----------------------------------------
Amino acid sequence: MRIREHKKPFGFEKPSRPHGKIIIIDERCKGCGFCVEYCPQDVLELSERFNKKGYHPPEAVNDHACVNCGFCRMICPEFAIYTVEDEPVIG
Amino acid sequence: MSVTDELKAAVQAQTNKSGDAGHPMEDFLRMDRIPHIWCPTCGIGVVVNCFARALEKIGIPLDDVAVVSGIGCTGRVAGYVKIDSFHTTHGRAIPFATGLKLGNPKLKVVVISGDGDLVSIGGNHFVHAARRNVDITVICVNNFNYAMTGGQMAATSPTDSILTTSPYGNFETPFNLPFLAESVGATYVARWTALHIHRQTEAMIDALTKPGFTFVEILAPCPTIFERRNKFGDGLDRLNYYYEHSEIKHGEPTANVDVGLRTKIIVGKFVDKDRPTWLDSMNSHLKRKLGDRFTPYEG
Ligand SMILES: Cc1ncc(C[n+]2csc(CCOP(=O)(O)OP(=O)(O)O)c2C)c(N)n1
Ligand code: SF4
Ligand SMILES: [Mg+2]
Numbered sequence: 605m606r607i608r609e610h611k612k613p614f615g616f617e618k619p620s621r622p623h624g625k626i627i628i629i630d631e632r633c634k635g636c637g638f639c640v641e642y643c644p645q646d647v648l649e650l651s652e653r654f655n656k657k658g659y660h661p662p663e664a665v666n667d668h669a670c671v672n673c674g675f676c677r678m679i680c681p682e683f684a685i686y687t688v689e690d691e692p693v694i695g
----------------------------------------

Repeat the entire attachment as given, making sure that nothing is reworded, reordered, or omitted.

Amino acid sequence: MRIREHKKPFGFEKPSRPHGKIIIIDERCKGCGFCVEYCPQDVLELSERFNKKGYHPPEAVNDHACVNCGFCRMICPEFAIYTVEDEPVIG
Amino acid sequence: MSVTDELKAAVQAQTNKSGDAGHPMEDFLRMDRIPHIWCPTCGIGVVVNCFARALEKIGIPLDDVAVVSGIGCTGRVAGYVKIDSFHTTHGRAIPFATGLKLGNPKLKVVVISGDGDLVSIGGNHFVHAARRNVDITVICVNNFNYAMTGGQMAATSPTDSILTTSPYGNFETPFNLPFLAESVGATYVARWTALHIHRQTEAMIDALTKPGFTFVEILAPCPTIFERRNKFGDGLDRLNYYYEHSEIKHGEPTANVDVGLRTKIIVGKFVDKDRPTWLDSMNSHLKRKLGDRFTPYEG
Ligand SMILES: Cc1ncc(C[n+]2csc(CCOP(=O)(O)OP(=O)(O)O)c2C)c(N)n1
Ligand code: SF4
Ligand SMILES: [Mg+2]
Numbered sequence: 605m606r607i608r609e610h611k612k613p614f615g616f617e618k619p620s621r622p623h624g625k626i627i628i629i630d631e632r633c634k635g636c637g638f639c640v641e642y643c644p645q646d647v648l649e650l651s652e653r654f655n656k657k658g659y660h661p662p663e664a665v666n667d668h669a670c671v672n673c674g675f676c677r678m679i680c681p682e683f684a685i686y687t688v689e690d691e692p693v694i695g